CORPUS CHRISTI, Texas — Since COVID-19 hit, the world is even more connected – held together by the internet.
In Texas' Coastal Bend, an area known for crop production, the need for broadband internet is especially crucial.
When put simply, broadband means high-speed internet. By Federal Communications Commission standards, high-speed broadband downloads are at 25 megabits per second, with uploads at three megabits per second.
At that minimum rate, families can use three to five devices at the same time, but not all of them can be on Zoom, for example, or Netflix.
About 98 percent of Texans are connected to that minimum broadband speed, according to Connected Nation Texas – an initiative backed by an organization called Texas Rural Funders.
“It’s a need and it’s a struggle, for many," said Corpus Christi social worker Heather Tijerina. "Our Internet signal was not very strong, so I would have to prioritize. If my kid had a class, I couldn't log on to anything for work.”
Tijerina lives in a small city with a population of 10,000.
“I live in Ingleside, so we really only have two options over there,” she said about the internet providers available in her area. “You kind of get cornered in the market because there’s not a lot of places to go. We have a resource desert here.”
Powering the land, according to the U.S. president now means recognizing broadband internet as "the new electricity".
“Each state will receive $100 million,” said U.S. Commerce Secretary Gina Raimondo during a White House briefing in November.
Raimondo discussed the administration’s plan to expand broadband across the country, and the time it will take to roll out.
“Not everybody is going to have broadband a year from now,” Raimondo said.
Connected Nation released new Texas mapping. The Coastal Bend is mostly covered with a green shading that represents higher speeds of internet service. When zoomed out to show the rest of the state, the map gets spotty.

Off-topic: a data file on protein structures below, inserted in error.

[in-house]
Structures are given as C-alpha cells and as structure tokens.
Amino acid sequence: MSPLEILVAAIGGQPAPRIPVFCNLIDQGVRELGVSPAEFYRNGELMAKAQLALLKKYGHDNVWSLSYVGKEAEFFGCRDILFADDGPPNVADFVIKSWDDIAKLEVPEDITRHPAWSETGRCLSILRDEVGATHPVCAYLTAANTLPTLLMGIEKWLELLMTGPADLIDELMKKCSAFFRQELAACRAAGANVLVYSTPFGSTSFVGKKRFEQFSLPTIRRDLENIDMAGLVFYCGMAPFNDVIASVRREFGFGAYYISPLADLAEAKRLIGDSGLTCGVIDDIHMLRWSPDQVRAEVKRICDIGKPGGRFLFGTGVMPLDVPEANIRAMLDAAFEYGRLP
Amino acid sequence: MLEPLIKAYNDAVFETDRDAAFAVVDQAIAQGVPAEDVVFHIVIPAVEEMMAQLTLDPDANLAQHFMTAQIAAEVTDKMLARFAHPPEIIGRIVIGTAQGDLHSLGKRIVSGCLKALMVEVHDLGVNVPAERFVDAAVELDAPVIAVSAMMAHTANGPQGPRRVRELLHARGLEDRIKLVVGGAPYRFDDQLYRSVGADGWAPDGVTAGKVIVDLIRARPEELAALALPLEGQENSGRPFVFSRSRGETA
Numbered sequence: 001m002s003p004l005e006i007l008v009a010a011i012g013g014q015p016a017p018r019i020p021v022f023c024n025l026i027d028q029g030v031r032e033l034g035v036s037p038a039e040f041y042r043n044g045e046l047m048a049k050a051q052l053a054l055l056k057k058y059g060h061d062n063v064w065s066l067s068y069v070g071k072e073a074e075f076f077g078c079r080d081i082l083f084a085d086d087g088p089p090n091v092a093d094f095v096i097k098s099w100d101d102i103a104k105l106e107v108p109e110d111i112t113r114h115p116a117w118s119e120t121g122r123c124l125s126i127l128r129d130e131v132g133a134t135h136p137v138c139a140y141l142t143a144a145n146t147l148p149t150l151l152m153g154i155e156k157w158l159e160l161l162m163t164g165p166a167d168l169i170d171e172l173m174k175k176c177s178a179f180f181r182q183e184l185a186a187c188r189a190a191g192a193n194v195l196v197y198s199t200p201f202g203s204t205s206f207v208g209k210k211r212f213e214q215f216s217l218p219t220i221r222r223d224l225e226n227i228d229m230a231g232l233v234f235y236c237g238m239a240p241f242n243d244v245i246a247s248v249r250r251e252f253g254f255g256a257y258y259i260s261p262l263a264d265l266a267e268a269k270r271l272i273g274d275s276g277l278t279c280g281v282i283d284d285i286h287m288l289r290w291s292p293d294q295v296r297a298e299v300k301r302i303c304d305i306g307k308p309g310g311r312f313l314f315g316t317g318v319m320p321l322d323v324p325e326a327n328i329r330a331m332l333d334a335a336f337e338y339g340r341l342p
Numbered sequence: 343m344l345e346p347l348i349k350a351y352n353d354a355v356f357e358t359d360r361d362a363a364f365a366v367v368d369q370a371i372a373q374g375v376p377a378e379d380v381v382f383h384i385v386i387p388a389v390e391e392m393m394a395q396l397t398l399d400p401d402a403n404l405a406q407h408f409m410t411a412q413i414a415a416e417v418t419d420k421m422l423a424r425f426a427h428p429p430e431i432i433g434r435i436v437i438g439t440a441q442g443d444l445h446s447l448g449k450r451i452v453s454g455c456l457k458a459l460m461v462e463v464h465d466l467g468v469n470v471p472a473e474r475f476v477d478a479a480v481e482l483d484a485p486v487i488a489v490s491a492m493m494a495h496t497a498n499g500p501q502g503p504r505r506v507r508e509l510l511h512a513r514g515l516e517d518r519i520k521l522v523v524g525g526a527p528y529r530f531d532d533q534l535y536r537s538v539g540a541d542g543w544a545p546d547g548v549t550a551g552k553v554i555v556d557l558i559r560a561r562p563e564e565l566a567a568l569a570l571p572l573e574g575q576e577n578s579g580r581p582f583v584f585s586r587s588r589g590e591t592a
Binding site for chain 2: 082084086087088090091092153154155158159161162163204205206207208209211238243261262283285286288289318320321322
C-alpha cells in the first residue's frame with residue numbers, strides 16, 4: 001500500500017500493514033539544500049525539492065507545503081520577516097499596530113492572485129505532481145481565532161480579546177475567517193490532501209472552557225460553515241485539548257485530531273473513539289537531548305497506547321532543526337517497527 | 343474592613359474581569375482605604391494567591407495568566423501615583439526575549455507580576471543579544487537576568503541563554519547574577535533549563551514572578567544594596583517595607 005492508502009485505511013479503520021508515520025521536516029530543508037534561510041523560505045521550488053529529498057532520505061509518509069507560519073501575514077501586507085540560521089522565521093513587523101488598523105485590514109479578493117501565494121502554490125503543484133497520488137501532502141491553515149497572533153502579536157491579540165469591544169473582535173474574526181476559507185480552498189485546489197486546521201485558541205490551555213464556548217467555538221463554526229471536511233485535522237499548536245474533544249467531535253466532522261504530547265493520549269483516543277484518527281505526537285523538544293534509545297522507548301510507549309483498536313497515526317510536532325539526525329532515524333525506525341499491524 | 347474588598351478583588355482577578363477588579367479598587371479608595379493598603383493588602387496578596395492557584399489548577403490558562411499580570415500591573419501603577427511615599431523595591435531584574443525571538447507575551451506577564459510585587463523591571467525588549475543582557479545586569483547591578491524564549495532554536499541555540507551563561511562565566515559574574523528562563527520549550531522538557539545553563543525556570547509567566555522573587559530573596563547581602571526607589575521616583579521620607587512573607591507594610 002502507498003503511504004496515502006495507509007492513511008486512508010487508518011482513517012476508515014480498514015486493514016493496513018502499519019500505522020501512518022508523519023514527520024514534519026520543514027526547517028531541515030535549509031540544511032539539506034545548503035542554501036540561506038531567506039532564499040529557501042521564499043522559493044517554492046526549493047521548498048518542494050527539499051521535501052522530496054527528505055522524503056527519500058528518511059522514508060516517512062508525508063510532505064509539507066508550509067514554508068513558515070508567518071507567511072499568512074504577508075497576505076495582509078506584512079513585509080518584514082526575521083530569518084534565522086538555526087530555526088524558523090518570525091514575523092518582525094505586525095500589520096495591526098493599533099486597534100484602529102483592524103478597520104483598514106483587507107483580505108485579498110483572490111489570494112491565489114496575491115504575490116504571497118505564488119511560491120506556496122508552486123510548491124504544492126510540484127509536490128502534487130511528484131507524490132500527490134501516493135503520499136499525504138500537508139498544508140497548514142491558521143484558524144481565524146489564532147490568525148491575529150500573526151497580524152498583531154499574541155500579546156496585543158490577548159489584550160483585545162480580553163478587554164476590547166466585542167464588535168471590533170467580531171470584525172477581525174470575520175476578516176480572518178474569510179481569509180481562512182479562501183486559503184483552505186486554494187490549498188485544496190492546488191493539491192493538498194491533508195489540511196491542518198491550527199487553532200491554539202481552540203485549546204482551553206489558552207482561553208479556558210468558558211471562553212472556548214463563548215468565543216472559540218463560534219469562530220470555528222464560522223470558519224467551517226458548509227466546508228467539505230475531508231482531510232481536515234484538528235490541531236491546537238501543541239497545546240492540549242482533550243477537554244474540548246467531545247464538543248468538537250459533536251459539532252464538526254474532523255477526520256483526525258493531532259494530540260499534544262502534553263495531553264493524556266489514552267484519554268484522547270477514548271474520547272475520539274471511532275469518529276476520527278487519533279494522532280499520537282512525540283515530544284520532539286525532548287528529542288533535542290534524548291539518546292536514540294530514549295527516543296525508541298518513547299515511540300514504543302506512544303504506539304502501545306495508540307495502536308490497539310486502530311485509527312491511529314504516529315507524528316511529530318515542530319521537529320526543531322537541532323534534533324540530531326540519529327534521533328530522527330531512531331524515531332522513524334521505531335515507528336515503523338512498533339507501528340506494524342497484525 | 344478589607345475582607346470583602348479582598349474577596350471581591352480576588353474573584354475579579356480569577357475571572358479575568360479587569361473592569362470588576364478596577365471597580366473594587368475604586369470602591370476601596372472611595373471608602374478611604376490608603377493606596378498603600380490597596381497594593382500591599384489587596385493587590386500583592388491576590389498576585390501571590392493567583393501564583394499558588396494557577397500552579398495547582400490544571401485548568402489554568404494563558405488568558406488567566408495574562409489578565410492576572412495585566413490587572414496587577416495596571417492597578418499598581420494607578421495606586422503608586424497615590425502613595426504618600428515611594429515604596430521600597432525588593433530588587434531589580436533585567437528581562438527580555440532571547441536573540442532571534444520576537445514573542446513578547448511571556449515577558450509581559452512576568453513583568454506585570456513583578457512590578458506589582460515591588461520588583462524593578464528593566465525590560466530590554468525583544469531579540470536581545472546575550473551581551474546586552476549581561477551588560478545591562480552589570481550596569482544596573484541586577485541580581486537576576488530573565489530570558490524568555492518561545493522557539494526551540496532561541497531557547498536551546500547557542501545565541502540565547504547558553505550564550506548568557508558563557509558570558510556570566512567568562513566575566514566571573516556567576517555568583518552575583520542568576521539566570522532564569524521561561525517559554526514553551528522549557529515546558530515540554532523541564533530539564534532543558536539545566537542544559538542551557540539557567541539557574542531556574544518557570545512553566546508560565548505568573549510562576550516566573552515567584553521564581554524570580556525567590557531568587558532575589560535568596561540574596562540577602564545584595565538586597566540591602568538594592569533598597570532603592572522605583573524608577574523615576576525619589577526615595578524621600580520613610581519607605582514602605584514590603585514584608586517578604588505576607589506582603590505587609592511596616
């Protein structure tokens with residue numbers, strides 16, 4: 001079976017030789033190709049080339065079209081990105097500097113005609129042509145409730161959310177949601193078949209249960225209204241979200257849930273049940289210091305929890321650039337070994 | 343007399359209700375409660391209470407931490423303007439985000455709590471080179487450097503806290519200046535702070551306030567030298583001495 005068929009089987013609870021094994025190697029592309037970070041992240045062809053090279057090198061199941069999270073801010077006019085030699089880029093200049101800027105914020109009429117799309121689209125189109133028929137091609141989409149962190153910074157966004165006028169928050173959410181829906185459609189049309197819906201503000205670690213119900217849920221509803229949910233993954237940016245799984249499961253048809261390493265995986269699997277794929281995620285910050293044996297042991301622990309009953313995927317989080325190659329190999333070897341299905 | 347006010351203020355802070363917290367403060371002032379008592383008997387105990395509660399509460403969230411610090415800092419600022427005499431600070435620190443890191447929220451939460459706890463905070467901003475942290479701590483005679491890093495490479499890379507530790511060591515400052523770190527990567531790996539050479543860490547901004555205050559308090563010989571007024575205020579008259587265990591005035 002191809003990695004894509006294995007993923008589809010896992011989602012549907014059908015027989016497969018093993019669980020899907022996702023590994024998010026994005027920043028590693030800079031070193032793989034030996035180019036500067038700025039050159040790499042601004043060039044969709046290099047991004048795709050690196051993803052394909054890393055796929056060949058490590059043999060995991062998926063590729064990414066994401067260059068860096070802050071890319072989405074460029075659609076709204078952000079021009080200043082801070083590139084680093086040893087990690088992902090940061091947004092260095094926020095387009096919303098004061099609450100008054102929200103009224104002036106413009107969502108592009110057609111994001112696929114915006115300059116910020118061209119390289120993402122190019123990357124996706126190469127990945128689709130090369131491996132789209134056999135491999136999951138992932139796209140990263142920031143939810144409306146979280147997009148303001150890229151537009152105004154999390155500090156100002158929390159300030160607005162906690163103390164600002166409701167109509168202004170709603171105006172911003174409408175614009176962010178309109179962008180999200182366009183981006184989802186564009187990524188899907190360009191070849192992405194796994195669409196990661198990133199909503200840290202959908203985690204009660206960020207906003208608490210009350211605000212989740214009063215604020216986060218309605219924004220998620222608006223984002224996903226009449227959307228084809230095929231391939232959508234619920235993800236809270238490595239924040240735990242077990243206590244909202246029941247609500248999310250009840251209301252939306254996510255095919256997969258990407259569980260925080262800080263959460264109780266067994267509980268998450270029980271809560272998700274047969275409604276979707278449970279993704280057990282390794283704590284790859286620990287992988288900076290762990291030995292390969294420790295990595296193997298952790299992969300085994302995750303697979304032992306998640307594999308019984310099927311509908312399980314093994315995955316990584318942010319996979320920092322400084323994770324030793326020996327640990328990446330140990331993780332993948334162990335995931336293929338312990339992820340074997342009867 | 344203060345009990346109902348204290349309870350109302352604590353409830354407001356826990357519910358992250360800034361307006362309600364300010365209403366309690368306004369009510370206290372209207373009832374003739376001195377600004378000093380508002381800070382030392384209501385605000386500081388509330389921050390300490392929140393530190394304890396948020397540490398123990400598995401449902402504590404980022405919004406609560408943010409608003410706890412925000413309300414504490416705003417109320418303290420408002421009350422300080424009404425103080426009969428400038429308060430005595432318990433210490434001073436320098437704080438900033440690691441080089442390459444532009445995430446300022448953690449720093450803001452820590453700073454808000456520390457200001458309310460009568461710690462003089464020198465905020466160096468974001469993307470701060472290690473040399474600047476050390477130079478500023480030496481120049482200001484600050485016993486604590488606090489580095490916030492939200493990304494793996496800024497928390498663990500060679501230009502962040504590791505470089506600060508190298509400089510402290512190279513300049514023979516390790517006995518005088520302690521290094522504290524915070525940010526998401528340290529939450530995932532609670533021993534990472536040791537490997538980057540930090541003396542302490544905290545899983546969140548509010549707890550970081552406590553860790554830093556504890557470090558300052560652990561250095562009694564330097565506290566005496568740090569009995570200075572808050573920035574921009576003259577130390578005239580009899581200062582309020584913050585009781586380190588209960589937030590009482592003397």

"Crucial to the future of Texas" is how Gov. Greg Abbott’s spokesperson describes broadband expansion in the state.
“Expanding broadband access is crucial to the future prosperity of Texas, which is why Governor Abbott made broadband expansion an emergency item and signed six broadband reform bills last session, including the appropriation of over $500 million, to expand reliable, high-speed internet for more businesses and Texans across our state – especially in our rural communities. As these reforms take shape, Governor Abbott is committed to working alongside the Legislature and the Broadband Development Office within the Comptroller’s Office to develop even more strategies to expand broadband access throughout the State of Texas.”
A press assistant from the office of the governor also sent KRIS 6 News this list of bills signed to expand broadband access in Texas:
- HB 5 established the Broadband Development Office within the Comptroller’s Office.
- SB 507 requires TxDOT to adopt rules to allow broadband-only providers to access the state right of way via permit rather than lease (lower cost).
- HB 1505 creates the framework to fund the installation of utility poles needed for the deployment of broadband services in Texas.
- HB 3853 allows electric utilities to lease their excess fiber to Internet service providers to facilitate the provision of broadband service to rural Texans.
- SB 8 allocated the entirety of ARPA Capital Project Funds ($500,475,163) for the purpose of providing funding for broadband infrastructure
- SB 632 Authorizes LCRA to provide fiber capacity or facilities for the purpose of facilitating broadband service connectivity.
There is also the problem of cost, making faster internet speeds affordable.
In May 2021, the government launched a broadband discount program. Congress later made it permanent.
The Affordable Connectivity Program gives eligible applicants at least $30 a month for a broadband subscription.
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